a = 9.977 (5) ŵ = 0.09 mm1
b = 14.922 (7) ÅT = 173 K
c = 11.709 (6) Å0.16 × 0.13 × 0.03 mm
β = 106.610 (5)°
Data collection top
Rigaku Saturn70
diffractometer
2909 independent reflections
Absorption correction: numerical
(NUMABS; Higashi, 1999)
2354 reflections with I > 2σ(I)
Tmin = 0.985, Tmax = 0.997Rint = 0.048
10969 measured reflections
Refinement top
R[F2 > 2σ(F2)] = 0.0440 restraints
wR(F2) = 0.122H-atom parameters constrained
S = 1.04Δρmax = 0.18 e Å3
2909 reflectionsΔρmin = 0.18 e Å3
236 parameters
Special details top

Geometry. All e.s.d.'s (except the e.s.d. in the dihedral angle between two l.s. planes) are estimated using the full covariance matrix. The cell e.s.d.'s are taken into account individually in the estimation of e.s.d.'s in distances, angles and torsion angles; correlations between e.s.d.'s in cell parameters are only used when they are defined by crystal symmetry. An approximate (isotropic) treatment of cell e.s.d.'s is used for estimating e.s.d.'s involving l.s. planes.

Refinement. Refinement of F2 against ALL reflections. The weighted R-factor wR and goodness of fit S are based on F2, conventional R-factors R are based on F, with F set to zero for negative F2. The threshold expression of F2 > σ(F2) is used only for calculating R-factors(gt) etc. and is not relevant to the choice of reflections for refinement. R-factors based on F2 are statistically about twice as large as those based on F, and R- factors based on ALL data will be even larger.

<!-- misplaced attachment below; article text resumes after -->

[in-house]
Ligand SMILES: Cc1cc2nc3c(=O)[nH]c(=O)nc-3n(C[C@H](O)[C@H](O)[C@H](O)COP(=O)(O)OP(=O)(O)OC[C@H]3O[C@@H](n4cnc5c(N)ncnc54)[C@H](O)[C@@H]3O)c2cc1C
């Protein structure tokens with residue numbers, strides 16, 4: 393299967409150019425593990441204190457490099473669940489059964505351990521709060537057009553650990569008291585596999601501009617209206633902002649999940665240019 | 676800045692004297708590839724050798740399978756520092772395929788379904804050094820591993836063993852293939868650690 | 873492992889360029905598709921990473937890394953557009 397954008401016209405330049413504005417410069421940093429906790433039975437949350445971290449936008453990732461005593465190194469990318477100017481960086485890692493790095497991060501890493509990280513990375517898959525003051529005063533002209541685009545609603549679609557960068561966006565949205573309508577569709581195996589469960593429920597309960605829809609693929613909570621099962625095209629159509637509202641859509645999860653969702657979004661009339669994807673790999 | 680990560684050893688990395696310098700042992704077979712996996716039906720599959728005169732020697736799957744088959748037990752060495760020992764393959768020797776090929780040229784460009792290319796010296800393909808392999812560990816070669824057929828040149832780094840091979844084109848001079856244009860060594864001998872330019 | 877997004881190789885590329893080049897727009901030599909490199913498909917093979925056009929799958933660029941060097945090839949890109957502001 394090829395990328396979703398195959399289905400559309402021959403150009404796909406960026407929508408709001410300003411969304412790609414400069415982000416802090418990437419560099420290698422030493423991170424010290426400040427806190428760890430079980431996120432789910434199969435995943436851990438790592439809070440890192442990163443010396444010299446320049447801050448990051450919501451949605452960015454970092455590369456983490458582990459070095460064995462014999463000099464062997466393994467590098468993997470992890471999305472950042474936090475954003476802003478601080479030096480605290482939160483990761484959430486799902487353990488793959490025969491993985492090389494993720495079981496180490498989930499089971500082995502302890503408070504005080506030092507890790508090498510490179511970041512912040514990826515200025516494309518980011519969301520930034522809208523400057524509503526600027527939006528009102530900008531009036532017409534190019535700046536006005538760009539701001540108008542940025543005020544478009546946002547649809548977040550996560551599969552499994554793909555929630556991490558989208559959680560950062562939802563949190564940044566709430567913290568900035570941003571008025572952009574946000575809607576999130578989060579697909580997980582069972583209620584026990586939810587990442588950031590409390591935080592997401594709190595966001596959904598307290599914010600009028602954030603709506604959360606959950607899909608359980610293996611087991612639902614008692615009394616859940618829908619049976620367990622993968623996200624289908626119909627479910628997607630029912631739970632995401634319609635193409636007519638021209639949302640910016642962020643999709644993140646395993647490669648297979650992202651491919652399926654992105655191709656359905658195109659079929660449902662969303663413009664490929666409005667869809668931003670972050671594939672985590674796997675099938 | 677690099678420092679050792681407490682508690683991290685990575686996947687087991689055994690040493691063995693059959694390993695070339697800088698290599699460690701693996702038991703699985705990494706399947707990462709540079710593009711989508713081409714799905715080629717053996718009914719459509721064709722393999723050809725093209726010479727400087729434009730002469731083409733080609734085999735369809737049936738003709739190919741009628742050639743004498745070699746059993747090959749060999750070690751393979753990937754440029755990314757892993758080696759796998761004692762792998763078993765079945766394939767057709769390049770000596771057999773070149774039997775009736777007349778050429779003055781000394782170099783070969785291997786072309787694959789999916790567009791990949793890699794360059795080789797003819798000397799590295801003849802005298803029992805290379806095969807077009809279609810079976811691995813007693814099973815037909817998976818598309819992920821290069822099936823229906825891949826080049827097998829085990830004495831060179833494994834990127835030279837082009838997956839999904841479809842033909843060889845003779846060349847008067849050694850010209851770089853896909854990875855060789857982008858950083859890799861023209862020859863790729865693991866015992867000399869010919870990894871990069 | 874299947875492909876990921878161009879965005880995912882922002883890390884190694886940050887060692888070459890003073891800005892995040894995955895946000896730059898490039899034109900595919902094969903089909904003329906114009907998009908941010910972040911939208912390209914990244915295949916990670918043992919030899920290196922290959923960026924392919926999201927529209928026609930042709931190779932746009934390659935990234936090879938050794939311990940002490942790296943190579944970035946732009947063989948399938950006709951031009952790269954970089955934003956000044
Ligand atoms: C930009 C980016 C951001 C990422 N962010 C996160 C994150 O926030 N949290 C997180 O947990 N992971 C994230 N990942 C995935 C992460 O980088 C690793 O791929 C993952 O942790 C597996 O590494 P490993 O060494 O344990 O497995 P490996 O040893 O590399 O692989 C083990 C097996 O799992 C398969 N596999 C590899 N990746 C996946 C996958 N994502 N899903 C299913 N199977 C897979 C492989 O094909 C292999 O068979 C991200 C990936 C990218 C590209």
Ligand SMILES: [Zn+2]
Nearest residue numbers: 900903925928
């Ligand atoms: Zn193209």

Fractional atomic coordinates and isotropic or equivalent isotropic displacement parameters (Å2) top
xyzUiso*/Ueq
O10.89735 (14)0.10507 (8)0.99483 (11)0.0365 (3)
O20.58268 (14)0.02769 (9)1.24046 (11)0.0370 (4)
O30.88903 (12)0.06534 (8)0.75583 (10)0.0274 (3)
O40.71518 (13)0.10741 (8)0.59275 (11)0.0331 (3)
C10.78482 (18)0.02789 (11)0.90842 (14)0.0250 (4)
C20.81191 (18)0.09200 (11)0.83329 (15)0.0268 (4)
C30.78049 (19)0.18316 (12)0.83991 (16)0.0300 (4)
H30.80210.22530.78700.036*
C40.71849 (19)0.20981 (12)0.92361 (16)0.0317 (4)
H40.69660.27140.92880.038*
C50.6193 (2)0.17586 (12)1.08887 (16)0.0323 (4)
H50.59640.23731.09320.039*
C60.58792 (19)0.11631 (12)1.16488 (16)0.0328 (4)
H60.54370.13631.22210.039*
C70.62077 (19)0.02485 (12)1.15912 (15)0.0298 (4)
C80.68635 (18)0.00528 (12)1.07862 (14)0.0268 (4)
H80.70930.06701.07680.032*
C90.72028 (18)0.05563 (11)0.99763 (15)0.0263 (4)
C100.68584 (18)0.14785 (11)1.00309 (15)0.0286 (4)
C110.83238 (18)0.06688 (11)0.90305 (15)0.0273 (4)
C120.79951 (18)0.11478 (11)0.78599 (15)0.0272 (4)
C130.68449 (19)0.09267 (11)0.69170 (16)0.0295 (4)
H130.62480.04510.70020.035*
C140.6557 (2)0.13957 (12)0.58465 (17)0.0366 (5)
H140.57570.12500.52080.044*
C150.7446 (2)0.20763 (13)0.57206 (18)0.0426 (5)
H150.72620.23930.49880.051*
C160.8603 (2)0.22994 (13)0.66549 (19)0.0425 (5)
H160.92100.27650.65580.051*
C170.8877 (2)0.18470 (12)0.77284 (18)0.0365 (5)
H170.96600.20100.83740.044*
C180.6184 (2)0.12025 (13)1.24527 (18)0.0409 (5)
H18A0.58090.14691.16610.049*
H18B0.72040.12671.27110.049*
H18C0.57840.15091.30200.049*
C190.82851 (18)0.07386 (11)0.63596 (15)0.0259 (4)
C200.91934 (18)0.03603 (11)0.56745 (15)0.0256 (4)
C210.87490 (19)0.04257 (12)0.44403 (16)0.0306 (4)
H210.78900.07160.40590.037*
C221.04521 (19)0.00720 (12)0.62350 (15)0.0316 (4)
H221.07560.01220.70790.038*
Atomic displacement parameters (Å2) top
U11U22U33U12U13U23
O10.0435 (8)0.0394 (8)0.0269 (7)0.0090 (6)0.0105 (6)0.0069 (6)
O20.0448 (8)0.0425 (8)0.0294 (7)0.0008 (6)0.0198 (6)0.0037 (5)
O30.0321 (7)0.0316 (7)0.0211 (6)0.0011 (5)0.0120 (5)0.0004 (5)
O40.0366 (8)0.0359 (7)0.0287 (7)0.0071 (6)0.0124 (6)0.0030 (5)
C10.0281 (9)0.0274 (9)0.0202 (9)0.0003 (7)0.0080 (7)0.0017 (7)